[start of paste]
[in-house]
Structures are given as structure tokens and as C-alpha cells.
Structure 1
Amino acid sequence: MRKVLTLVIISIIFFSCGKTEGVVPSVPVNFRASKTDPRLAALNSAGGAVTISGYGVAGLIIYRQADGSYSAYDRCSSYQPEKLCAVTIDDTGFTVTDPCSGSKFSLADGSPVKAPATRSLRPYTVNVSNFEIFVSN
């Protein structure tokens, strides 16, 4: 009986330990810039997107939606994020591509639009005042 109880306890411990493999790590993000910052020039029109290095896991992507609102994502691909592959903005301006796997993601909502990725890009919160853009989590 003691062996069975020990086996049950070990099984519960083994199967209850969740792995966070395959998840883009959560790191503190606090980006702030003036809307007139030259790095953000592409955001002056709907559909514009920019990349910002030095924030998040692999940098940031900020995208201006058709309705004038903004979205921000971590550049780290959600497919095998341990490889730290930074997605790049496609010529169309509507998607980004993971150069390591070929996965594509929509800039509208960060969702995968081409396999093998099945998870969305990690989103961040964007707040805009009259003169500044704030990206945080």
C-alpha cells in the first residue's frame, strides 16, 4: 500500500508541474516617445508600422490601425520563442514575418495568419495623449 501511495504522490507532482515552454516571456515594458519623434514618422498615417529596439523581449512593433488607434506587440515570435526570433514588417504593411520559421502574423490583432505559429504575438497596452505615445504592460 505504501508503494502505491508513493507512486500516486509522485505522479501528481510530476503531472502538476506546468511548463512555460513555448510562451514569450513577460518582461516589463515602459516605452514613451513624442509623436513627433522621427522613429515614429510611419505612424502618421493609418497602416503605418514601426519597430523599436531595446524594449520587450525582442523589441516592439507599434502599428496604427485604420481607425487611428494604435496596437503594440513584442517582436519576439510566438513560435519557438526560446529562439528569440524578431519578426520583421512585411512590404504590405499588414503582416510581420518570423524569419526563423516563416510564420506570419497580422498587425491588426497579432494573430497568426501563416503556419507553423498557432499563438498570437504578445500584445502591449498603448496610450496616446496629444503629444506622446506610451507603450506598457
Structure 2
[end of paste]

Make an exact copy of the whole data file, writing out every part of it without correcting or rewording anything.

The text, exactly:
[in-house]
Structures are given as structure tokens and as C-alpha cells.
Structure 1
Amino acid sequence: MRKVLTLVIISIIFFSCGKTEGVVPSVPVNFRASKTDPRLAALNSAGGAVTISGYGVAGLIIYRQADGSYSAYDRCSSYQPEKLCAVTIDDTGFTVTDPCSGSKFSLADGSPVKAPATRSLRPYTVNVSNFEIFVSN
């Protein structure tokens, strides 16, 4: 009986330990810039997107939606994020591509639009005042 109880306890411990493999790590993000910052020039029109290095896991992507609102994502691909592959903005301006796997993601909502990725890009919160853009989590 003691062996069975020990086996049950070990099984519960083994199967209850969740792995966070395959998840883009959560790191503190606090980006702030003036809307007139030259790095953000592409955001002056709907559909514009920019990349910002030095924030998040692999940098940031900020995208201006058709309705004038903004979205921000971590550049780290959600497919095998341990490889730290930074997605790049496609010529169309509507998607980004993971150069390591070929996965594509929509800039509208960060969702995968081409396999093998099945998870969305990690989103961040964007707040805009009259003169500044704030990206945080």
C-alpha cells in the first residue's frame, strides 16, 4: 500500500508541474516617445508600422490601425520563442514575418495568419495623449 501511495504522490507532482515552454516571456515594458519623434514618422498615417529596439523581449512593433488607434506587440515570435526570433514588417504593411520559421502574423490583432505559429504575438497596452505615445504592460 505504501508503494502505491508513493507512486500516486509522485505522479501528481510530476503531472502538476506546468511548463512555460513555448510562451514569450513577460518582461516589463515602459516605452514613451513624442509623436513627433522621427522613429515614429510611419505612424502618421493609418497602416503605418514601426519597430523599436531595446524594449520587450525582442523589441516592439507599434502599428496604427485604420481607425487611428494604435496596437503594440513584442517582436519576439510566438513560435519557438526560446529562439528569440524578431519578426520583421512585411512590404504590405499588414503582416510581420518570423524569419526563423516563416510564420506570419497580422498587425491588426497579432494573430497568426501563416503556419507553423498557432499563438498570437504578445500584445502591449498603448496610450496616446496629444503629444506622446506610451507603450506598457
Structure 2